There is at the very least a colorable argument that all of these actions violate international human rights laws that have been incorporated into the U.S. criminal code. Including these charges in the articles of impeachment, along with the election-based charges, would send a strong message that the President’s treatment of people of color is unacceptable. It also might be one of the most effective means of getting actual policy change. Democrats are powerless to pass laws to stop the President’s actions because they do not control the Senate, but threatening impeachment could lead to mitigation on the part of the President or at least discourage further escalation of his inhumane policies. This would allow the Democrats to do their democracy-protecting duty of impeachment, to fight directly the President’s worst policies, and to signal to their base that they are not giving up the fight.
Doing this would also have a significant impact on the moral position of the United States in the world. President Trump has championed the removal of the United States from the world community. But even before his presidency, there was legitimate criticism that the United States held the rest of the world to higher standards than it held itself. The United States has never prosecuted or even really shunned its war criminals. The late Anthony Bourdain said in one of his books,1
Once you’ve been to Cambodia, you’ll never stop wanting to beat Henry Kissinger to death with your bare hands. You will never again be able to open a newspaper and read about that treacherous, prevaricating, murderous scumbag sitting down for a nice chat with Charlie Rose or attending some black-tie affair for the new glossy magazine without choking. Witness what Henry did in Cambodia–the fruits of his genius for statesmanship–and you will never understand why he’s not sitting in the dock at The Hague next to Milosevic. While Henry continues to nibble nori rolls and remaki at A-list parties, Cambodia, the neutral nation he secretly and illegally bombed, invaded, undermined, and then threw to the dogs, is still trying to raise itself up on its one remaining leg.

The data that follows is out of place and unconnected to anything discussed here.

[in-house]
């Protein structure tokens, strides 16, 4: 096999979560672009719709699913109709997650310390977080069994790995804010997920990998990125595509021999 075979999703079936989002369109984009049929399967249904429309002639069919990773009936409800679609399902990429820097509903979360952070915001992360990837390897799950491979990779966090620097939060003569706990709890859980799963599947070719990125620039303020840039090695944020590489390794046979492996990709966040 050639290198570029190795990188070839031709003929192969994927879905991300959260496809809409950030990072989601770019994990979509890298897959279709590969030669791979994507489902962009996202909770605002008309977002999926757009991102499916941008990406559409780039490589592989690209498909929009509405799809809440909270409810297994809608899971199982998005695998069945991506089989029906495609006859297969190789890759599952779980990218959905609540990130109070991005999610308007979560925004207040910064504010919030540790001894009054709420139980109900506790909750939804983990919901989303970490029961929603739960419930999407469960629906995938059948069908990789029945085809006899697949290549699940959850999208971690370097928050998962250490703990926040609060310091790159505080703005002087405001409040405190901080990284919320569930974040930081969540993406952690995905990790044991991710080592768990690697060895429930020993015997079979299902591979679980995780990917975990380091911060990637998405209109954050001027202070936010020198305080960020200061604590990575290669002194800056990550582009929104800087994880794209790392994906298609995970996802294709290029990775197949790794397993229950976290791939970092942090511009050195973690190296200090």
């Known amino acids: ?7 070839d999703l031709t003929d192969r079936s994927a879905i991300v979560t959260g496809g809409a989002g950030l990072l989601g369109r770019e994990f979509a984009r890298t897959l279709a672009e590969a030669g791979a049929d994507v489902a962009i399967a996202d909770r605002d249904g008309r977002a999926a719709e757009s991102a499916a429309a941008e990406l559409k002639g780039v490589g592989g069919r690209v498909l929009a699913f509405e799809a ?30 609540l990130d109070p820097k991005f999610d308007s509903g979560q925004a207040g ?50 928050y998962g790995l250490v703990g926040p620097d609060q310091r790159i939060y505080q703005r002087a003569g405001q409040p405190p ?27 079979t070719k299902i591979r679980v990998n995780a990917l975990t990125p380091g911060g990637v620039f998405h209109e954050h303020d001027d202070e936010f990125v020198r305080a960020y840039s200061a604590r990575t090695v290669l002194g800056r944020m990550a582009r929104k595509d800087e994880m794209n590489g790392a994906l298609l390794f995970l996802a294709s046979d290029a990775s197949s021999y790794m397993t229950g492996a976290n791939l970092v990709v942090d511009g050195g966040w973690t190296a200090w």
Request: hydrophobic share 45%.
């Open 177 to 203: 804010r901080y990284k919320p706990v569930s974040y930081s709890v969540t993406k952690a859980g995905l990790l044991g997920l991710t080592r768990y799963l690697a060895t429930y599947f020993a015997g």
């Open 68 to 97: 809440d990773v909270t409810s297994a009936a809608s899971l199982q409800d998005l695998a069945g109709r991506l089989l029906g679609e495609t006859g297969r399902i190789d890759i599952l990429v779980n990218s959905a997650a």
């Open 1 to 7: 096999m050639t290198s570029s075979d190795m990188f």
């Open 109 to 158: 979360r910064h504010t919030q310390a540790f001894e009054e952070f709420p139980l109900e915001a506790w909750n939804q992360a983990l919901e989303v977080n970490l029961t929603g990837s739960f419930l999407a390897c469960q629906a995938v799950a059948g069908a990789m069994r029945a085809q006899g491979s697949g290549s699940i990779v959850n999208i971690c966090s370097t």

As Bourdain noted, American politicians who oversaw actions that arguably violate basic international law and laws of war and humanity maintain an honored place in society. Just last week, we held a state funeral for George H.W. Bush, a CIA Director, Vice President, and President who oversaw many illegal coups and operations abroad that destabilized whole regions and who oversaw a war on drugs and a lack of war on HIV that targeted and crippled marginalized communities at home. Indeed, it can be argued that every modern President has violated international law. Including violations of international laws that have been incorporated into U.S. law in the articles of impeachment would send a powerful message that going forward the United States is going to take seriously the rules it makes everyone else play by. And it could encourage future Presidents to think a little more about everyone’s humanity before they act, an inspiring message that the Democrats could adopt.
Thus, I believe the new, Democratic House should start the impeachment process right out of the gate. But I believe they should do so, not just with an eye to the rules rich white people have in place when facing each other (i.e., election law) but also to the rules the world has agreed on that protect the weakest among us. Doing this will provide a meaningful check on the worst abuses of the Trump administration and will send a positive message to Americans and the world.
- Anthony Bourdain, A Cook’s Tour: Global Adventures in Extreme Cuisines, 2002 ↩